GROUP B: NORWAY
2013 finish: Promoted to top division
2013 round-robin record Division I (Group A): 4-1-0-0, 19 GF/7 GA
Yahoo! Canada Sports has asked North American-based players, some of whom are playing in the world junior championship, to break down their national teams.
This marks the first time since 2011 that Norway will be competing in the top tier of the world junior tournament after winning the Group A Division I championship last year in France.
In a group with host Sweden, Russia, Switzerland and Finland, the Norwegians will have their work cut out for them. The odds of Norway winning the world juniors are listed by bookmakers at 500-1.
They’re in tough and they know it.
“We know these teams are very good and at a higher level than us,” said Norwegian defenceman Tallak Lyngset, who plays for the USPHL’s Islanders IHC. “When we step on the ice we’ve got to have a big team mentality and try to play our game. We all have strong defensive play, strong box play - so our strength will definitely be our defence.”
Most of the Norway’s players are either playing professionally at home or in leagues of nearby Sweden and Finland. The core of this team has been together for sometime having played at under-18s and last year’s under-20 tournaments. Only two players on their team – Lyngset and forward Jorgen Karterud of the OHL’s Soo Greyhounds – are over in North America.
“We have a lot of forwards that are used to playing at a high level of hockey,” said Lyngset. “They’re used to playing against big guys and fast hockey – more importantly, they’re used to the Olympic-sized rinks as compared to the Canadians and Americans. Jorgen (Karterud) plays in the OHL and he’s taken a huge step over the last couple of years, so he’s going to be one of our top forwards.”
Realistically for Norway, the main goal will be to avoid relegation back down to Division I Group A. For the 2014 world junior championship in Malmo, Sweden, the IIHF has changed the relegation format so the bottom two teams will now play a best-of-three series to determine who is demoted.
“That’s our goal,” said Lyngset, of staying in the top tier. “We’ve talked about this a lot with our coaches. We are here to stay; we’re not going back down. We would be the first Norwegian team that would stay in the A Group – so that would be historic and that’s our goal for sure.”
One of the good things about playing in neighbouring Sweden, is that Norway should get a lot of fan support. Lyngset says many friends and families will be making the trek to see the team play, which is always appreciated when David is going up against the Goliaths.
Offensively, Norway graduated its top two scorers from the 2013 Group A, Division I tournament – Andreas Heier and Jonas Knutsen. Moving up to the top division, they’ll be lead by Columbus Blue Jackets prospect Markus Soberg and Karterud. Forwards Andreas Klavestad and Martin Ronnild are also on the NHL radar, having been ranked as “C” skaters by the NHL Central Scouting Service.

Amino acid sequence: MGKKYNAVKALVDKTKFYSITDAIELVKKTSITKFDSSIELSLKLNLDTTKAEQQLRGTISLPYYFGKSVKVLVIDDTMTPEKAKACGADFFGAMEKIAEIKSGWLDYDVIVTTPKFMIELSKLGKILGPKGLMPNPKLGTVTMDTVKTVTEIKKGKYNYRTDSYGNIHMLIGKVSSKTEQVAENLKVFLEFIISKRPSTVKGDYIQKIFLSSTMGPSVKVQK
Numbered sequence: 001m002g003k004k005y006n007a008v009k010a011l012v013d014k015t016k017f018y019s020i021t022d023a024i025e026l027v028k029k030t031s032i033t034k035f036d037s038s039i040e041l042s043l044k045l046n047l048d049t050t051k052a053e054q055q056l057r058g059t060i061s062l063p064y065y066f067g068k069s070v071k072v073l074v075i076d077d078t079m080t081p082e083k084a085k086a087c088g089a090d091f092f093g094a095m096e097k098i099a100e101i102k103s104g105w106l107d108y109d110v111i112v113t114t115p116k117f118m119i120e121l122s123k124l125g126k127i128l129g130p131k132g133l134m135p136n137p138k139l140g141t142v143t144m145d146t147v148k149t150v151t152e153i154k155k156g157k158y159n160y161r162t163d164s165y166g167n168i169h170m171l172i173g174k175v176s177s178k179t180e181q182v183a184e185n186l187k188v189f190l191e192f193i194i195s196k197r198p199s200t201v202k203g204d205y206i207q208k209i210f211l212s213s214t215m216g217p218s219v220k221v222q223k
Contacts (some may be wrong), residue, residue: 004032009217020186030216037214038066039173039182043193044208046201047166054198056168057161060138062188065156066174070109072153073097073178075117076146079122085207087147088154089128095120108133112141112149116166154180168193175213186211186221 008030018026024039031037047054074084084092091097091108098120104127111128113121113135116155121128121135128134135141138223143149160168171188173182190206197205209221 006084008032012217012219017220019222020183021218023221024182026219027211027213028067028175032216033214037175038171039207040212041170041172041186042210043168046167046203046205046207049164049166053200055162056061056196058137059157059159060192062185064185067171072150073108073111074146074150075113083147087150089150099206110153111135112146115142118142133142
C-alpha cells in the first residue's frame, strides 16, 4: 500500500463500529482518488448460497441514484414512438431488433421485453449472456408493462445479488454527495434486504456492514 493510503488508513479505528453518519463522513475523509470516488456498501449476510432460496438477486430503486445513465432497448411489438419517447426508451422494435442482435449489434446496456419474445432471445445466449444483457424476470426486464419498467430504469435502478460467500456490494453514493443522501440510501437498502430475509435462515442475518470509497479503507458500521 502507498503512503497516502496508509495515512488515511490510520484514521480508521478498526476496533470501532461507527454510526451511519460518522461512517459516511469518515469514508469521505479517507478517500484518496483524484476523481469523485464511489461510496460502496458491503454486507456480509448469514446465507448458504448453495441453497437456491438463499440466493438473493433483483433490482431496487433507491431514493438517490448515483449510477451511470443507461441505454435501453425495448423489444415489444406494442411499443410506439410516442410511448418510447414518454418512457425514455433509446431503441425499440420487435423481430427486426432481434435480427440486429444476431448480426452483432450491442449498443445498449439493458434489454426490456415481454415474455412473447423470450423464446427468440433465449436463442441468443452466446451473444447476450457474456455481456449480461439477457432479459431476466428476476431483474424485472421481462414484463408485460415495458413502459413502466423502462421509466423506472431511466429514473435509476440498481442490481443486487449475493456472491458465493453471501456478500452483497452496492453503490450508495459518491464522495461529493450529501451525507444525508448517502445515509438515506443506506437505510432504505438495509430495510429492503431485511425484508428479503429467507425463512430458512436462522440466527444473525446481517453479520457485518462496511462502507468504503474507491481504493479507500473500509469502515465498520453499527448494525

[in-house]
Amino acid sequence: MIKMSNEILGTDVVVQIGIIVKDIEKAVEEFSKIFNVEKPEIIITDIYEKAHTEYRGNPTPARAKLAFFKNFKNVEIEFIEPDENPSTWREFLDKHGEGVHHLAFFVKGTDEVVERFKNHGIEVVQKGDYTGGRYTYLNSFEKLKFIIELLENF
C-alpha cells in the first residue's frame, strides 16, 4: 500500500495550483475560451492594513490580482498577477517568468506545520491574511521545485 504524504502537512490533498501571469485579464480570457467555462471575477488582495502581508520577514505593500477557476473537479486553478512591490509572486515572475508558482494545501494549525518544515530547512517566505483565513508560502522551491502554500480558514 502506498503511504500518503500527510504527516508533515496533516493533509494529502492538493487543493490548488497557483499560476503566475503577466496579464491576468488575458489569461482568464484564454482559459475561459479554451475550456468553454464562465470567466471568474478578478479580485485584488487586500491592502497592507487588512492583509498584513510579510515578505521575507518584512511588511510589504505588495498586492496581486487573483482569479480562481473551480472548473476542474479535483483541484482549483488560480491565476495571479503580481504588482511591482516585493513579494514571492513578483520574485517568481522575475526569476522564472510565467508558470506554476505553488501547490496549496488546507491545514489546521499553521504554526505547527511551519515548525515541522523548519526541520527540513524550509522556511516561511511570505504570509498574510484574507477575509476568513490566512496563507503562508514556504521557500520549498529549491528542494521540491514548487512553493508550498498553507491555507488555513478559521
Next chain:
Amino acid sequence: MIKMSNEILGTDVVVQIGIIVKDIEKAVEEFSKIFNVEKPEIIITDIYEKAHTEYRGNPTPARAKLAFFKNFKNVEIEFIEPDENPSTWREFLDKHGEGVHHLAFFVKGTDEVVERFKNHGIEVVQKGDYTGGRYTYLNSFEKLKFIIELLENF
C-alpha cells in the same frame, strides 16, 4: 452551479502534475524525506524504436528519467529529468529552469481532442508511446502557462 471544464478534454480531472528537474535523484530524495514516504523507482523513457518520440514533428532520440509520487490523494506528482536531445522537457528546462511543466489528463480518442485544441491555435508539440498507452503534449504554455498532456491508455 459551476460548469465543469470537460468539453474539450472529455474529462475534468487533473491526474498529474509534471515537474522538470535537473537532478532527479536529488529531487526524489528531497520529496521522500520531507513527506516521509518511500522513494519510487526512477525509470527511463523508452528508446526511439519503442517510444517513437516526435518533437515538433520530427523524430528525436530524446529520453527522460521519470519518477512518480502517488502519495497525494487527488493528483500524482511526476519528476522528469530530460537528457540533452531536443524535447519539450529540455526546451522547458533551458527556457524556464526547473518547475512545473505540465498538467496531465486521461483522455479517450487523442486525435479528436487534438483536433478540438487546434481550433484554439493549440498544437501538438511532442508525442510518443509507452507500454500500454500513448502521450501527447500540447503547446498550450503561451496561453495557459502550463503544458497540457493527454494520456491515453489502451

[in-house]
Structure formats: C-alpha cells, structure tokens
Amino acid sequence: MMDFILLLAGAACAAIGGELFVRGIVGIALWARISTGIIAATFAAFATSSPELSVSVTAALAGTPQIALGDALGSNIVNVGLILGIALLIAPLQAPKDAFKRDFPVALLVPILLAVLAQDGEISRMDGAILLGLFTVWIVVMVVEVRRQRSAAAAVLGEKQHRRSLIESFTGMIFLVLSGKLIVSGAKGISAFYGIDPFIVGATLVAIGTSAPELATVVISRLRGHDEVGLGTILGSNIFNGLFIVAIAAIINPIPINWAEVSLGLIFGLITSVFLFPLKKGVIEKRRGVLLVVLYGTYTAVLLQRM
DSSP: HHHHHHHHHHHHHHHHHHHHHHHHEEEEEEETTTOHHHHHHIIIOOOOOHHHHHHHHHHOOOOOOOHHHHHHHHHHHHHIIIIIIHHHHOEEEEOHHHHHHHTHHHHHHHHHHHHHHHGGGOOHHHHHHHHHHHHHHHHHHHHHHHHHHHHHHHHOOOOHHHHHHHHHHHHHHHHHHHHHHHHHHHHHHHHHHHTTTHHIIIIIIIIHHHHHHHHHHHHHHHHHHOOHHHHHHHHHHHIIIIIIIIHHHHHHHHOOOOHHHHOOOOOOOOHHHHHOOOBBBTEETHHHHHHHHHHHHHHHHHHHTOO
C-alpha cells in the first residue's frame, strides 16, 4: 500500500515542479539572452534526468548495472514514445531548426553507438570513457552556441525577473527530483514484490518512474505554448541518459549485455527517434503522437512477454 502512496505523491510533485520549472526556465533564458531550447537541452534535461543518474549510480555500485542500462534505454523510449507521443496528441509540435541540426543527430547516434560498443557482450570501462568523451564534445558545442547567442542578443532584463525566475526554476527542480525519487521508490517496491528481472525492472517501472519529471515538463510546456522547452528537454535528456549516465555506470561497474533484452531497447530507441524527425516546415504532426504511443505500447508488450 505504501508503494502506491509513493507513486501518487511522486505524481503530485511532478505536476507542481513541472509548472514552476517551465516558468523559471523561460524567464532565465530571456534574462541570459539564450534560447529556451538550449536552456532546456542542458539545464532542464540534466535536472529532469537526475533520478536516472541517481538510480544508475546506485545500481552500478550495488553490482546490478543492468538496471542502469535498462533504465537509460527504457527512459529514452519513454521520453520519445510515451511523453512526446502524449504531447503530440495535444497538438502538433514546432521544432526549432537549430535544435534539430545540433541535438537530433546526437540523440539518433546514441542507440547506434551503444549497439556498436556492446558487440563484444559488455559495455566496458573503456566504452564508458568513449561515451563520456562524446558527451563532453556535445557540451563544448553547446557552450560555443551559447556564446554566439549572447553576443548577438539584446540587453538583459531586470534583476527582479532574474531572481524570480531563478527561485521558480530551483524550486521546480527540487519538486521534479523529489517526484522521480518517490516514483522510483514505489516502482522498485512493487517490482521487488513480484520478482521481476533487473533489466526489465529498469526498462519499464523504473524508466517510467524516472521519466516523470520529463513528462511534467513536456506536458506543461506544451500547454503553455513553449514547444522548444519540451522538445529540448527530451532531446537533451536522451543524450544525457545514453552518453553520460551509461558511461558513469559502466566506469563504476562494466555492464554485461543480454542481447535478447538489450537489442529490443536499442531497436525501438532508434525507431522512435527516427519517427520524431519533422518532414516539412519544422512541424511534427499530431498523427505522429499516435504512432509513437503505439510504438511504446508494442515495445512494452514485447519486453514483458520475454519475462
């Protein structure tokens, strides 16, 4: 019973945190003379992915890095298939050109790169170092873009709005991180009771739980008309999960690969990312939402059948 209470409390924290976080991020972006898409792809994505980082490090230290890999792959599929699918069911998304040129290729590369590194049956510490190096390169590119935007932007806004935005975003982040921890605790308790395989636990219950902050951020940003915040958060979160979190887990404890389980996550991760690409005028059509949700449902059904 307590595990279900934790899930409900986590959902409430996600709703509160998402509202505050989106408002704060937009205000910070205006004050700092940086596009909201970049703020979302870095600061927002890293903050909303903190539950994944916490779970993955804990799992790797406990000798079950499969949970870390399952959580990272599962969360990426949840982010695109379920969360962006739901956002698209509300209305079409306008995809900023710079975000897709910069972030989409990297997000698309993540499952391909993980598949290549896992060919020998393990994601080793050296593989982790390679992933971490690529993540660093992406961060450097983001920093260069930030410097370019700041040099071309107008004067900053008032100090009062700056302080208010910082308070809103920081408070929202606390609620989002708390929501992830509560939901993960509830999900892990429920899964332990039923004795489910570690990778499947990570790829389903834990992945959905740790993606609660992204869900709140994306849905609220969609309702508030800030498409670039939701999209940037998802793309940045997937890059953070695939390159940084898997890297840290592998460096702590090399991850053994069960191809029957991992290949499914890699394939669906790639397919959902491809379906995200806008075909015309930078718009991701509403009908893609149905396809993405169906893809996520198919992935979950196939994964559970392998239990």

PLAYERS TO WATCH:
Forward Markus Soberg (Frolunda Jr., SuperElit) As a sixth-round pick of the Blue Jackets in 2013, Soberg is the only NHL drafted player on the team. The 18-year-old winger was one of the top scorers for the Norwegians in the DI tournament with one goal and five assists in five games. Known as a fast, slick skater with good hands, he has a good shot and has scored 16 goals and 10 assists with Swedish club Frolunda’s junior team. He’s the younger brother of goalie Steffen Soberg, a Washington Capitals prospect.
Forward Jorgen Karterud (Sault Ste. Marie Greyhounds, OHL) A versatile forward, the 19-year-old member of the OHL’s Soo Greyhounds has a good mix of size and skill. Listed at 6-foot-5, 194-pounds, Karterud has six goals and seven assists in 24 OHL games. He skates well for his size and has adapted steadily to the North American style of play, so he isn’t afraid to get physical.
Defenceman Mattias Norstebo (Brynas/Brynas J20, SHL/SuperElit) Despite being undersized for defenceman at 5-foot-10, 176-pounds, Norstebo is as been able to his own playing professionally in the top league in Sweden (SHL) for Brynas. An excellent skater and smart with the puck, expect to see the 18-year-old log a lot of time on the Norwegian power play.
MUST WIN GAME: Relegation Game 1 (Jan. 2, 5 a.m. EST)
Being in Group B – the toughest group by far – does the Norwegians no favours, but let’s not kid ourselves, the relegation round is where they'll have to shine. As mentioned above, Norway’s main goal is to avoid being sent back to DI Group A. If they want to stay with the big boys they’ll need two wins in the relegation round to do it. The first of the three-game series is Jan. 2 – where, barring any upsets, they’ll likely face Germany who are over on Canada’s side of the draw. If they can take that first game, they’ll get some much needed confidence heading into the second game on Jan. 3 (10 a.m. EST).